Art Shrian Tiwari, photo credit Lapacazo Sandoval
Now in its 12th year, The Manhattan Film Festival unspools from April 18-29, 2018 with most films being shown at the Cinema Village theater (22 East 12th St.) Among its many films, “Kachrewala: Five Cents Each,” explores New York City’s bottle collectors, giving a glimpse into what it really means to return bottles and cans and glass containers for money as necessary income. Written produced and starring Indian immigrant Art Shrian Tiwari, and directed by Daniel Guillaro, it looks into a world that takes place in plain sight of many unaware New Yorkers, and captures the experience in this, his first short film which ushers in a change in the writers/actors' life.
There’s another perspective a person gains when one "literally" gets their hands dirty, perceived by many as unappealing, performing an act that many would never do, preferring instead to beg. As one character, an older white woman in her late 70s, says in the film, "begging is a lot harder than picking bottles, I tell you that!"
To prepare for the role and become part of the fabric of this community, Tiwari did just that. He rolled up his sleeves, and picked up discarded cans and bottles, turning them in for the five cents each one is worth at the many drop off locations around the city. It's messy hard work and a far cry from the software engineering and program management work Tiwari performed when he arrived from India several years ago.
For a long time, Tiwari’s extensive experience in e-commerce and financial services as well as an expertise in web and mobile domains led him to work for such well-established organizations as the Weight Watchers, Scholastic, Sprint, Starwood Hotels and New York Stock Exchange in New York City. Now in his 30s, he decided to make a change. He left the financial security of the IT field and stepped out to pursue writing and acting full time . This he did along with becoming a husband and father.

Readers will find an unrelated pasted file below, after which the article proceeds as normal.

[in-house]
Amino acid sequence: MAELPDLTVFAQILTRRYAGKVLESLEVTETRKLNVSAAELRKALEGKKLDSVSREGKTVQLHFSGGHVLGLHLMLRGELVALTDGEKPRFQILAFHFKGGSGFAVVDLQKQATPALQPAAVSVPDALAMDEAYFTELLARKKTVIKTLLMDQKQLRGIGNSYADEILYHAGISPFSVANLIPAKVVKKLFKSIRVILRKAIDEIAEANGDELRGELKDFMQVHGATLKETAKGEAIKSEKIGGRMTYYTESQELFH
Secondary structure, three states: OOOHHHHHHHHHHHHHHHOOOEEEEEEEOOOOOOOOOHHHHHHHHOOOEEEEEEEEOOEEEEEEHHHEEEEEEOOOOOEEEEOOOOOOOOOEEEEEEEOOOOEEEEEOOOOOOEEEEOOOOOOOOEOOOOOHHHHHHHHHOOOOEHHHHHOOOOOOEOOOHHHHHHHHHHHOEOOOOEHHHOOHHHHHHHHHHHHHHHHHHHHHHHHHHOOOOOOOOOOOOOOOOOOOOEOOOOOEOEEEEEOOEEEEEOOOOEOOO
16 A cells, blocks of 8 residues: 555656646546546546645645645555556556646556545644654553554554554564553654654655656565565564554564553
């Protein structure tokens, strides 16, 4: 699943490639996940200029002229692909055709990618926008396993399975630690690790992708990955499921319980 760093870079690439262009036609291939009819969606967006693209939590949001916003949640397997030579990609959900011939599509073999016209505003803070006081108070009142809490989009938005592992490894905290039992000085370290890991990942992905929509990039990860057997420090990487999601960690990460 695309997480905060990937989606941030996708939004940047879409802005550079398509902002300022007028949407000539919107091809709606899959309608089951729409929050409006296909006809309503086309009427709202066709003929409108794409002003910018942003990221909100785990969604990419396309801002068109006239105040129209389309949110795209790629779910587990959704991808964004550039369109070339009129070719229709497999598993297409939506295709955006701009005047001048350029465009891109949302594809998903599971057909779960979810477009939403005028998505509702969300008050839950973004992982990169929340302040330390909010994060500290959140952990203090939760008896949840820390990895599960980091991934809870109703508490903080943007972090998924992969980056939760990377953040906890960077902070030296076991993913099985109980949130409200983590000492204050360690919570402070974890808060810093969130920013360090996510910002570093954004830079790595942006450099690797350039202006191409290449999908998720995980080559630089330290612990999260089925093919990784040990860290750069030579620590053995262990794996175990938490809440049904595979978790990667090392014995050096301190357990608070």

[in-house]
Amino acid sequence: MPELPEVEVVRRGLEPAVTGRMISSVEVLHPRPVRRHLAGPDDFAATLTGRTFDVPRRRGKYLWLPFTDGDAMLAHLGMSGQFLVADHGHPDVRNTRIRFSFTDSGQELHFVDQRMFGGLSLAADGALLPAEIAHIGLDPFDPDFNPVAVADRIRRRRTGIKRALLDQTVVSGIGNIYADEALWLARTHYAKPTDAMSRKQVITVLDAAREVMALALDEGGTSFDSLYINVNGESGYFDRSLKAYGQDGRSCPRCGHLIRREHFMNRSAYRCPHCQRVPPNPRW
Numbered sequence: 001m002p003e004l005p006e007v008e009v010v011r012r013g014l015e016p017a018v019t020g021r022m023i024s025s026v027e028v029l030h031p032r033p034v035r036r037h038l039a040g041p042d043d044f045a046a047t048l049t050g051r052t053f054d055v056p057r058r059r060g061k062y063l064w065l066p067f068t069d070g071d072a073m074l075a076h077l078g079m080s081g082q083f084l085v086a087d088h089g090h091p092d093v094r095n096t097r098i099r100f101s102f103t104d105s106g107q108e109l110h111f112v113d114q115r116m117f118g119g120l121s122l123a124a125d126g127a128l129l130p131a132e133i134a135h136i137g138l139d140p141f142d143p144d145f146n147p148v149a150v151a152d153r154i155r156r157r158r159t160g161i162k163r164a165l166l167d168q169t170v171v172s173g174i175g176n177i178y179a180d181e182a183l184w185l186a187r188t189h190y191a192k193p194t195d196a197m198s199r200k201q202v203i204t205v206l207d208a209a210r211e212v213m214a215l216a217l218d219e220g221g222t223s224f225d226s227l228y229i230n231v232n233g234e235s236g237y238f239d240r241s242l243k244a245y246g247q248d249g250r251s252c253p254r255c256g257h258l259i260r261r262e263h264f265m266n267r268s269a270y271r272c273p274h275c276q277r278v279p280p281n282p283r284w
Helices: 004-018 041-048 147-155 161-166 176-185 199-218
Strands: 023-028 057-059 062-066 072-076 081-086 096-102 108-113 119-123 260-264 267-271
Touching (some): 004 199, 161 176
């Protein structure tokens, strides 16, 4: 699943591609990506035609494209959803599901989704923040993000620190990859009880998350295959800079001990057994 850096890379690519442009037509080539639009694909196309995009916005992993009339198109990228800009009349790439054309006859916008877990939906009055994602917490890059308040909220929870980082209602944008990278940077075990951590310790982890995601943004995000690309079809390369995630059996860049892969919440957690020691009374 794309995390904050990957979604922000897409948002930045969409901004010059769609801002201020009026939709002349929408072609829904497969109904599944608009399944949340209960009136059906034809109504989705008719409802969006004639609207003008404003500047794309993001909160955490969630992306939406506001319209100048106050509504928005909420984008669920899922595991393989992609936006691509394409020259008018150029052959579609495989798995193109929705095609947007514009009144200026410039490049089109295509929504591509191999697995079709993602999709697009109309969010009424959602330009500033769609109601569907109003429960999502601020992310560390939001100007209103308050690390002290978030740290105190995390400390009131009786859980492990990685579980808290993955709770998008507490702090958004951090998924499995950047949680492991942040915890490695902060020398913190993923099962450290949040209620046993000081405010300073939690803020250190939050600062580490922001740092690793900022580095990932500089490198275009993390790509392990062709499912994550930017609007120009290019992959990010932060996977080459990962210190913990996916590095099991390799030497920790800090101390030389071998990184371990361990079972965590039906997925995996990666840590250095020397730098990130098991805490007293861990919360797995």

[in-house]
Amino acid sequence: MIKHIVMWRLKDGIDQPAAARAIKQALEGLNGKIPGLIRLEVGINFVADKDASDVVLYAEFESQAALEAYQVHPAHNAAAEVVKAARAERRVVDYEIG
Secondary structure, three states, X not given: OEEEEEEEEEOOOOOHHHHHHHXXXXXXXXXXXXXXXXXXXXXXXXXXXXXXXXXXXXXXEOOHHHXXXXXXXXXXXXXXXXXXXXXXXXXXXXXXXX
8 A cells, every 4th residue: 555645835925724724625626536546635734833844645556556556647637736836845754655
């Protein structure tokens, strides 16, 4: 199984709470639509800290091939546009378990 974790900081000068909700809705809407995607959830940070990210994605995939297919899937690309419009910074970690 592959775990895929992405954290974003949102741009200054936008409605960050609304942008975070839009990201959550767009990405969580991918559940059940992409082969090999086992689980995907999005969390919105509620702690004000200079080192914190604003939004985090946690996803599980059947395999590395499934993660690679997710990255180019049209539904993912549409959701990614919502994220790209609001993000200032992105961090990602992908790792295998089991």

Says Tiwari, “I’m proud of being an immigrant in America, an Indian-American. I grew up in a middle-class family, with a happy upbringing surrounded by family, love, and support. My father was in Air Force, with a transferable job, thus we moved a lot. That opened me up to experiencing new cultures, people and be more open-minded in general”.
Writers write about what they know, or where they live, but Tiwari took a look inside a part of this city that most New Yorkers never care to know about. “Kachrewala: Five Cents Each,” tells of a single day in the life of a bottle collector, and his challenges of navigating the streets of New York. The April 24th screening of this short takes place at Cinema Village East Theater at 5 pm. It stars Tiwari, Nitin Mandan, Ilissa Jackson, Dequan Deveraux, and Mary Lu Garmone.
As Tiwari explained about wrestling his idea into a script, he learned quite a bit about bottle people. “We see these people around us in this great city every day. But we don't know anything about them. We just assume them to be homeless, scavengers or beggars of the sort. But in reality, they truly work hard for a meager amount of money. Of course, that little money can mean a lot, when you are in need."
To learn more about the festival go to http://manhattanff.com
The Manhattan Film FestivalApril 18 - 29, 2018
Cinema Village 22 E. 12th St.New York, NY 10003